Chronic disease is extremely common in aging Americans. About three in four older Americans suffer from coronary heart disease, diabetes, COPD (chronic obstructive pulmonary disease), dementia, hypertension, arterial blockages, or some other chronic condition. Many are battling multiple conditions and it’s quite possible treatments are interfering with each other.
A new study found that of the 75% of older Americans who suffer from multiple chronic conditions, about 20% of them are taking medications that directly compete with each other. In other words, they cancel out the effectiveness of one form of treatment, while in some cases worsening other conditions.
The research team, including members from Yale University in California and Oregon State University, said this happens because doctors often lack adequate information to guide their decision-making. They aren’t particularly sure how to weigh alternatives or identify options because they aren’t given the knowledge of how specific medications and forms of treatment might interact with each other. Researchers did notice, however, that when this form of “therapy competition” did exist, treatment methods were altered only 16% of the time.
Some people I know take so many pills each day to treat myriad conditions that they often forget which pill does what. Based on this new research, however, the effects of those pills could be nil. When this happens, a patient is unlikely to experience the desired results of the medication, perhaps stay sick longer or never return to a healthy existence. They could even be worsening a condition even though the label on the box tells them they’re treating it. Lastly, they could be wasting lots of money.
This happens because most medications are designed to treat only one ailment. They are so specific and alter the body in such a way that it deliberately works against what another medication is designed to do. Doctors, on the other hand, are trained to treat these issues independently as well, so it appears the results of this study indicate a seismic shift in the way we think about health is required.
This poses a very interesting challenge because the responsibility—as much as it falls on the individual—falls largely on the doctors’ shoulders. They would have to decide and prioritize which conditions to treat and which to ignore and deal with later. Considering doctors are trained to do whatever they can to treat various conditions and save lives, this raises some serious ethical questions.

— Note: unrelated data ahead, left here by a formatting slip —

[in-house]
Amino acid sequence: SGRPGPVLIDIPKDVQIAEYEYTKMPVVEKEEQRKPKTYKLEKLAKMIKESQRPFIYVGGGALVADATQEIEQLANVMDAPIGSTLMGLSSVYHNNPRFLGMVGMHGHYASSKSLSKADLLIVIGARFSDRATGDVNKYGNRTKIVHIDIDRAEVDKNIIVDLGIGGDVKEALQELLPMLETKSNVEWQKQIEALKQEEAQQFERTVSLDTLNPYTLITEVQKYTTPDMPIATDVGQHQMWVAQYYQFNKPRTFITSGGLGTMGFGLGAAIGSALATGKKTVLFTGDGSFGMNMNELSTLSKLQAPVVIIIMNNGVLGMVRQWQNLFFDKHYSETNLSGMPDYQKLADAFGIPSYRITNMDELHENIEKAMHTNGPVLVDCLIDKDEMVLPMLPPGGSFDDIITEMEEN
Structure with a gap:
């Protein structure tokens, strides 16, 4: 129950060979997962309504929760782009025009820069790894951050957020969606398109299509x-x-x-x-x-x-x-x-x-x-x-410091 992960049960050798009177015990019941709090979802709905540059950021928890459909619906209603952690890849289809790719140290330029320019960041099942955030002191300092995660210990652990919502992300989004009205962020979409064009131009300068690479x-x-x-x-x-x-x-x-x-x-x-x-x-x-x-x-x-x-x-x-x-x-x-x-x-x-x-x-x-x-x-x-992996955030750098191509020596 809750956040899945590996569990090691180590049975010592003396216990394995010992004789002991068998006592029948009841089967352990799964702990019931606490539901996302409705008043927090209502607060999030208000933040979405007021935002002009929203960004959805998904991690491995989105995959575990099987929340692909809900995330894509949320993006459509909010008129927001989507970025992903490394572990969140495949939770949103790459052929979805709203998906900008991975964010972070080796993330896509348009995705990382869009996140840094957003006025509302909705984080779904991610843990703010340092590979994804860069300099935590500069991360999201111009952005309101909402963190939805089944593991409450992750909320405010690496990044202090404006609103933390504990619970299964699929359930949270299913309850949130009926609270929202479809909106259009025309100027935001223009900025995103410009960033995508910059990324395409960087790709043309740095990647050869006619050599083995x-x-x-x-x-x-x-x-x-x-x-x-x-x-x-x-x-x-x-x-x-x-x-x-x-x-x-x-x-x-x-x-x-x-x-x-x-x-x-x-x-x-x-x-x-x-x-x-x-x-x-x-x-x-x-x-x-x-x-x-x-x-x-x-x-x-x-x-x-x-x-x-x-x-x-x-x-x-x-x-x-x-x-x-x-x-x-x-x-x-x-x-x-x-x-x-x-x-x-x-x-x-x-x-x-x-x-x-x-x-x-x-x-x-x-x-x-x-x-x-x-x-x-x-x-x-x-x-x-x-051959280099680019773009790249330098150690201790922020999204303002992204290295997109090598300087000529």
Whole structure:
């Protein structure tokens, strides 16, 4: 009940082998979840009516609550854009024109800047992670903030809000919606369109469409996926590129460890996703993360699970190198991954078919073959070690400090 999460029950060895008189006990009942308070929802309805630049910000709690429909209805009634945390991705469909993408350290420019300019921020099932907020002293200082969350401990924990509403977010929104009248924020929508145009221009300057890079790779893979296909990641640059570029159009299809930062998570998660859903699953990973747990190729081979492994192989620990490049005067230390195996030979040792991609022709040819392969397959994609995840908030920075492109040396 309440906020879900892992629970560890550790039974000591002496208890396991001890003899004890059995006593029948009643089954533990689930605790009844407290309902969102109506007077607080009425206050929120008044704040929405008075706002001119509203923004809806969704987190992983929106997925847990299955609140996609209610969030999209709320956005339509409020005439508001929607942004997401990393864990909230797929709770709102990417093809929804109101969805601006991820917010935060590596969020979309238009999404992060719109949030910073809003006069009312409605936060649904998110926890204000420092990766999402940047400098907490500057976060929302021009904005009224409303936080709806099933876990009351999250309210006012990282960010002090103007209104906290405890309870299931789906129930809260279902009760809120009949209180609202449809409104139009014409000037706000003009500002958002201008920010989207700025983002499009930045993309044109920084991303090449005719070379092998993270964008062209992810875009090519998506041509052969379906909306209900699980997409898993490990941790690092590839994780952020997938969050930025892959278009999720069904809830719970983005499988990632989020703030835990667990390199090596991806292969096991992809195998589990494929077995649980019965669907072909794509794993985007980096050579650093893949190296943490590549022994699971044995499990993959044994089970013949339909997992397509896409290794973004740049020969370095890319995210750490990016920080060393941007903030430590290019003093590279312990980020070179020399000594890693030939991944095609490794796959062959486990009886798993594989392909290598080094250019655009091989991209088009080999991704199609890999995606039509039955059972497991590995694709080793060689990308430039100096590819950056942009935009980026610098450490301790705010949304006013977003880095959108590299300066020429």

For example, if you had COPD and coronary heart disease and were receiving treatment for both, depending on what you were taking the medicines could be competing with each other. Beta-blockers are often prescribed to treat coronary disease, but the same drugs increase airway resistance that worsens COPD! There are other drugs without beta-blockers that can be used to treat heart disease, but the ones with beta-blockers are still prescribed. At the end of the day, it’s the doctor’s call to offer the best treatment possible, but they have to be comfortable with what they prescribe, while also being fully aware of how all the medications their patients are on might interact. It might sound easy, but this is an extremely difficult task.
In the end, the study found that roughly nine million older adults in America are being prescribed competing medications. This not only poses concerns regarding waste, over-prescription and potentially harmful health impacts, but a number of other issues like increased dizziness, loss of appetite, delirium, balance and other mental and physical impacts of mixing medications.
Now, it’s true that diet and exercise can’t fix every health problem and there are some conditions that require prescription medication. But there is overwhelming proof that a healthy lifestyle that includes quality nutrition and exercise can help prevent a number of the conditions mentioned in this article. Quitting smoking, eating right, and trying to get at least a half hour of exercise at least three times a week can reduce the risk of a number of chronic conditions, therefore lowering the potential risks of prescription drugs.
“One in Five Older Americans Take Medications that Work Against Each Other,” Science Daily web site, March 13, 2014; http://www.sciencedaily.com/releases/2014/03/140313154220.htm?utm_source=feedburner&utm_medium=email&utm_campaign=Feed%3A+sciencedaily%2Ftop_news%2Ftop_health+%28ScienceDaily%3A+Top+Health+News%29, last accessed March 17, 2014.